Honda motorsports general manager Masahi Yamamoto accepts its new partnership with Red Bull brings “huge pressure and responsibility for us” as he sets an initial target of matching the team’s current race-winning performance levels.

Following the official confirmation of Red Bull’s switch to Honda engines from 2019, the Japanese manufacturer will expand its Formula 1 operations to two teams having secured a deal to supply engines to Toro Rosso this year after splitting from McLaren.

Yamamoto is relishing the opportunity to effectively double its commitments, while hoping the shared knowledge between two teams can step up its development rate, as it looks to close the performance gap to its power unit rivals.

The Honda boss accepts the heightened expectations supplying Red Bull, who secured four consecutive F1 world drivers’ and constructors’ titles between 2010 and 2013 with Renault, and has set the target of ensuring the Milton Keynes-based squad’s performance levels do not drop from its current capabilities this year.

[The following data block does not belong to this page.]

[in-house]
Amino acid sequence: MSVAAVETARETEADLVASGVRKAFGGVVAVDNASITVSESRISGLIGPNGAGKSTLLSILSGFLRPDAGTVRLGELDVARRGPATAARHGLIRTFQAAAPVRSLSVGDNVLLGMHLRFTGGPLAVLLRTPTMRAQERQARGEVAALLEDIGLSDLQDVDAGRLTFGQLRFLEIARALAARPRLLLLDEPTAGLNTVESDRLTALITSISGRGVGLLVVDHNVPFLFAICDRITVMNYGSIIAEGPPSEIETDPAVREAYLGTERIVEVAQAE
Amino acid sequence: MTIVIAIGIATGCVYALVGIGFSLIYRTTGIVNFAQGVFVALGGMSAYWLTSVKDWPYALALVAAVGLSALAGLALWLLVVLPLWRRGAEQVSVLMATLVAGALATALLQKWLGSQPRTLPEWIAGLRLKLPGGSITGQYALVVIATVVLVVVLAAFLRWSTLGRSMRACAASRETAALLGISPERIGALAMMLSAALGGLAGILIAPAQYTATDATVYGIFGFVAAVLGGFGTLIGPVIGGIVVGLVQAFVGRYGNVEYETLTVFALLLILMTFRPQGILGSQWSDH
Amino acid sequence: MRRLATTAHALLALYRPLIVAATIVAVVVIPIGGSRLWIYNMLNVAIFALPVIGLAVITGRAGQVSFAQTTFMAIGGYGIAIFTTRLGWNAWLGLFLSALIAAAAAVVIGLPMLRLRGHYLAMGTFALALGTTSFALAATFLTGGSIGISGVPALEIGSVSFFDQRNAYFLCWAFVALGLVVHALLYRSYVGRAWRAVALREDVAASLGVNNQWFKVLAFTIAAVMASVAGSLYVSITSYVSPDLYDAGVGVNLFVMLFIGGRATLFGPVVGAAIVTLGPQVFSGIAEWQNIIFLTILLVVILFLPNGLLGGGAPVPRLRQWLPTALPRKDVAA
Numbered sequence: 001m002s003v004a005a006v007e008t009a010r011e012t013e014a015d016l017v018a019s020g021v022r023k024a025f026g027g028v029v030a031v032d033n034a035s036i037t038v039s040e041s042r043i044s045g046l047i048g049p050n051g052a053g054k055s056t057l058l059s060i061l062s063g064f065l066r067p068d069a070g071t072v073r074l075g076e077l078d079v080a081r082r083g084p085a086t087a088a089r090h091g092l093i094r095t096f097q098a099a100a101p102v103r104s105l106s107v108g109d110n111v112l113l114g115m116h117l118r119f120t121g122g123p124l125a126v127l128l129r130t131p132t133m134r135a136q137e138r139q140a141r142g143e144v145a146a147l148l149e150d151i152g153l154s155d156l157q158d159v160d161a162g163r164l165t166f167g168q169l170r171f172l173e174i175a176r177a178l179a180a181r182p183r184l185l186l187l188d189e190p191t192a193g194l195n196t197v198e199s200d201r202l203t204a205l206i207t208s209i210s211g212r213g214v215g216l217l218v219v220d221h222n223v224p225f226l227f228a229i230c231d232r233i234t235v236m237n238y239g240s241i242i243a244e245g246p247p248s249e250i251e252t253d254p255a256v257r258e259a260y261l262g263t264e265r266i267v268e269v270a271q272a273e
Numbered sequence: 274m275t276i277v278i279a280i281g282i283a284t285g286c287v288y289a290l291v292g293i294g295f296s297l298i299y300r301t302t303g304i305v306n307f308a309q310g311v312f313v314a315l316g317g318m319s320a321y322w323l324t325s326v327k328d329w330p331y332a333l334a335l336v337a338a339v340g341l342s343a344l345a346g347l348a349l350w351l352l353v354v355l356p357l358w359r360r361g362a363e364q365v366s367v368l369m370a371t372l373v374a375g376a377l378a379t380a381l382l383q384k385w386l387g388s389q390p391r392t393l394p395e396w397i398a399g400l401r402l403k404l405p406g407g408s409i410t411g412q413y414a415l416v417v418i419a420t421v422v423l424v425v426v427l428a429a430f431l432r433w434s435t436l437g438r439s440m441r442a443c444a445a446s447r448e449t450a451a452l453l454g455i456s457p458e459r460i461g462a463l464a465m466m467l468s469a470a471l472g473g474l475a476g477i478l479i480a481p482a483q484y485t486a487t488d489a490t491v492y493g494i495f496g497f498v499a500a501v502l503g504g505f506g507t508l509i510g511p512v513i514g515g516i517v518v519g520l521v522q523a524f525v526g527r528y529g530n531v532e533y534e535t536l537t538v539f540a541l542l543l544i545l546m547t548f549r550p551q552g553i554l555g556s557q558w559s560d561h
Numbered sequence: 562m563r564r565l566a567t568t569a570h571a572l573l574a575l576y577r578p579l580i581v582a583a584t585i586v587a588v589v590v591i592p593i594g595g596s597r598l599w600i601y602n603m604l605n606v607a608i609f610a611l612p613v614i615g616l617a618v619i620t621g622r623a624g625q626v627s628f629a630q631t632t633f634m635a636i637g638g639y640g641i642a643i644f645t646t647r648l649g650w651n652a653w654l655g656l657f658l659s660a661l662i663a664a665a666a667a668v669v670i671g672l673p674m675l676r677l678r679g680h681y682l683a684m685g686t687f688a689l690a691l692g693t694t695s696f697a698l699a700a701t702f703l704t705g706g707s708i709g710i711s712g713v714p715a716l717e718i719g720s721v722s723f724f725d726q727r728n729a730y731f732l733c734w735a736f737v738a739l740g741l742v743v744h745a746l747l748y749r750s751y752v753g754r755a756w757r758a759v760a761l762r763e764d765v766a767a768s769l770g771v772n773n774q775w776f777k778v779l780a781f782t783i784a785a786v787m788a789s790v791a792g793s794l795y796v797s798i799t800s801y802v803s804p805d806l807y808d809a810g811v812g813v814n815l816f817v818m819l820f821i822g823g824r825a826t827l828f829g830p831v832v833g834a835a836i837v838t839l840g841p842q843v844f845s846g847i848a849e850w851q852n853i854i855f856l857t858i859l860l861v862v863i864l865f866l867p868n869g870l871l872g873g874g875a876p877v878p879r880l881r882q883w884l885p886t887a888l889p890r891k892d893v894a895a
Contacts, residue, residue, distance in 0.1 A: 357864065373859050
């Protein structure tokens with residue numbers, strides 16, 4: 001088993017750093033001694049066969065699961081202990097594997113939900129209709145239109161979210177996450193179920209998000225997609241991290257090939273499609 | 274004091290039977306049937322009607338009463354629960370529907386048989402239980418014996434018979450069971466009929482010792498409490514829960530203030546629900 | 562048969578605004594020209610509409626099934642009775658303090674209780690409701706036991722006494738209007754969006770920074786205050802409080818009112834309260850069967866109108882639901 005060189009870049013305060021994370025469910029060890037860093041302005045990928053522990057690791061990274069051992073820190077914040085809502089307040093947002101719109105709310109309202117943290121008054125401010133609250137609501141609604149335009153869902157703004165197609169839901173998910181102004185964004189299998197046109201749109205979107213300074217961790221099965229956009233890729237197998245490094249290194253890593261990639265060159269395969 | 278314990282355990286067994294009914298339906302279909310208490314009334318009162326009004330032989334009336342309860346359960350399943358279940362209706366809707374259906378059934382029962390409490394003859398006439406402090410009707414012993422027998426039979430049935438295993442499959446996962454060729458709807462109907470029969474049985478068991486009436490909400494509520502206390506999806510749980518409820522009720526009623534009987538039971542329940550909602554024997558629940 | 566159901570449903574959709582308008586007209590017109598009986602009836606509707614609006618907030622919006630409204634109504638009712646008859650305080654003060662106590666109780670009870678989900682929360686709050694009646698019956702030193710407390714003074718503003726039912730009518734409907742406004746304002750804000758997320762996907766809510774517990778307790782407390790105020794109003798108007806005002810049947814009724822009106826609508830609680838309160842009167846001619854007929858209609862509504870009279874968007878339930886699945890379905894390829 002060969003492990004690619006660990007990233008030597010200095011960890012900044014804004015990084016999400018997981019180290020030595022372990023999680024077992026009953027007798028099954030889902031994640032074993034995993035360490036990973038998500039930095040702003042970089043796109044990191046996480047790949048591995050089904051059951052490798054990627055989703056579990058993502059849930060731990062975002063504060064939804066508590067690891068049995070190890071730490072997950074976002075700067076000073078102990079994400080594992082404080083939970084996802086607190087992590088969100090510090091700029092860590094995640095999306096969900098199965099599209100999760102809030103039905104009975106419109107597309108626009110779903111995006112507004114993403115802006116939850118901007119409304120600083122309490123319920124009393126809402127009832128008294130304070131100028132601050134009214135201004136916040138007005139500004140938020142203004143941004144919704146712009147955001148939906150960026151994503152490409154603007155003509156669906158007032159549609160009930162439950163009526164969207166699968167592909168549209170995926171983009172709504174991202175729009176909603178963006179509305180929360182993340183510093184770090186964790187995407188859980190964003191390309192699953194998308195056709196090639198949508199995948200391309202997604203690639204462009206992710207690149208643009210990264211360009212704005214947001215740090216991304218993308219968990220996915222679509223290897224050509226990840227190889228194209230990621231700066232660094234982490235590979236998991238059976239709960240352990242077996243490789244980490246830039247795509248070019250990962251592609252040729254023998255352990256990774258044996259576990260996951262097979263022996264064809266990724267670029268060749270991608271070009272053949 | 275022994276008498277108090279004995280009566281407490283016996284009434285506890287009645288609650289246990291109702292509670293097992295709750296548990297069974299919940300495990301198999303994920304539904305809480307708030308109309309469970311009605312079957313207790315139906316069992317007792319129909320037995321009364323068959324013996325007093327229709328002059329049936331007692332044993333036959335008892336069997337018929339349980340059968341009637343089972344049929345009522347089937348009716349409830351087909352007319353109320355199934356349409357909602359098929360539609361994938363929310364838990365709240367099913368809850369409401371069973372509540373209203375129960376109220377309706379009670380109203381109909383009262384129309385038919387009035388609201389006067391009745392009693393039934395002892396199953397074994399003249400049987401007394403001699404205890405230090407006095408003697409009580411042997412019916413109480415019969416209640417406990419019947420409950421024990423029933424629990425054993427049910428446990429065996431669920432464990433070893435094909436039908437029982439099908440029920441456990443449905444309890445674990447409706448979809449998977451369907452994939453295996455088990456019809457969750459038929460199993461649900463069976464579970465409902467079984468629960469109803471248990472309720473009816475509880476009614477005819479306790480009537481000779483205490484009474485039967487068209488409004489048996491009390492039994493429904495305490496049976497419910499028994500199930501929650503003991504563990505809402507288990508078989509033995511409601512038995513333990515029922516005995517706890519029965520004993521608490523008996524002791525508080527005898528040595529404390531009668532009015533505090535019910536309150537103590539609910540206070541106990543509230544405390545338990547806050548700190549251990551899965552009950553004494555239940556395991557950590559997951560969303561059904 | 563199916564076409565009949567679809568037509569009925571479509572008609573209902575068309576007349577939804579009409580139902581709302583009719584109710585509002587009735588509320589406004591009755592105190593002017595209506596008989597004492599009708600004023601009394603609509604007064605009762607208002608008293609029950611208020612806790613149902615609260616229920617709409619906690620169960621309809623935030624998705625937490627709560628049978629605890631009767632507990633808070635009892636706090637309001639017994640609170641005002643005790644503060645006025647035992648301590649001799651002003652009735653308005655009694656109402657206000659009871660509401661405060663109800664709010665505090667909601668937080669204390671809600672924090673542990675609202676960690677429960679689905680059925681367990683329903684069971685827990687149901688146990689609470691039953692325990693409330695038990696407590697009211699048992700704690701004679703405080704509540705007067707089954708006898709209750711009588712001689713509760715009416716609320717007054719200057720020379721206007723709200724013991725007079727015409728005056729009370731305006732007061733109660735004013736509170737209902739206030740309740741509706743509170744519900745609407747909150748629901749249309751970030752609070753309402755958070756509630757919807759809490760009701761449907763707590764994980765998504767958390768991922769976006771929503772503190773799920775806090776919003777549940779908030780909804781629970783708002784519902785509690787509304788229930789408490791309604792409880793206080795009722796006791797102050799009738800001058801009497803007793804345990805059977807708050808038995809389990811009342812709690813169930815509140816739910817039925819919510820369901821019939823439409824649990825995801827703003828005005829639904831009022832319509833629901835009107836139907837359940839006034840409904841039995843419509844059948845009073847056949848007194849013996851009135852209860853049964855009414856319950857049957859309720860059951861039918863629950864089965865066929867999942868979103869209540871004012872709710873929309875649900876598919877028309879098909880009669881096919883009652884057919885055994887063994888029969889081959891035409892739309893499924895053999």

In the opening seven rounds of the 2018 F1 campaign, Red Bull has secured two race wins along with two additional podium finishes and one pole position which came in Monaco.

“As a starting point, we do not want to see Red Bull Racing’s performance drop below its current level. But our target is to go further and do better than they are doing at the moment,” Yamamoto said.

“It is one of the top team. It has won several championships and this year too it has already won some races. In addition, it is also obvious that they have a very good chassis and this means we’ll have better chances of winning races.

“This gives further motivation to all the members of Honda, but at the same time, it is a huge pressure and responsibility for us. However, it is Honda’s nature to always aspire to a very high target, and I think that’s what makes Honda, Honda.”

After three years of poor performance with McLaren before switching its supply to Toro Rosso this year, the team secured the Japanese manufacturer’s best result since its return to F1 with Pierre Gasly finishing in fourth place at this year’s Bahrain Grand Prix.

Honda’s last F1 race win came at the 2006 Hungarian Grand Prix when Jenson Button clinched his maiden Grand Prix victory for Lucky Strike Honda Racing.


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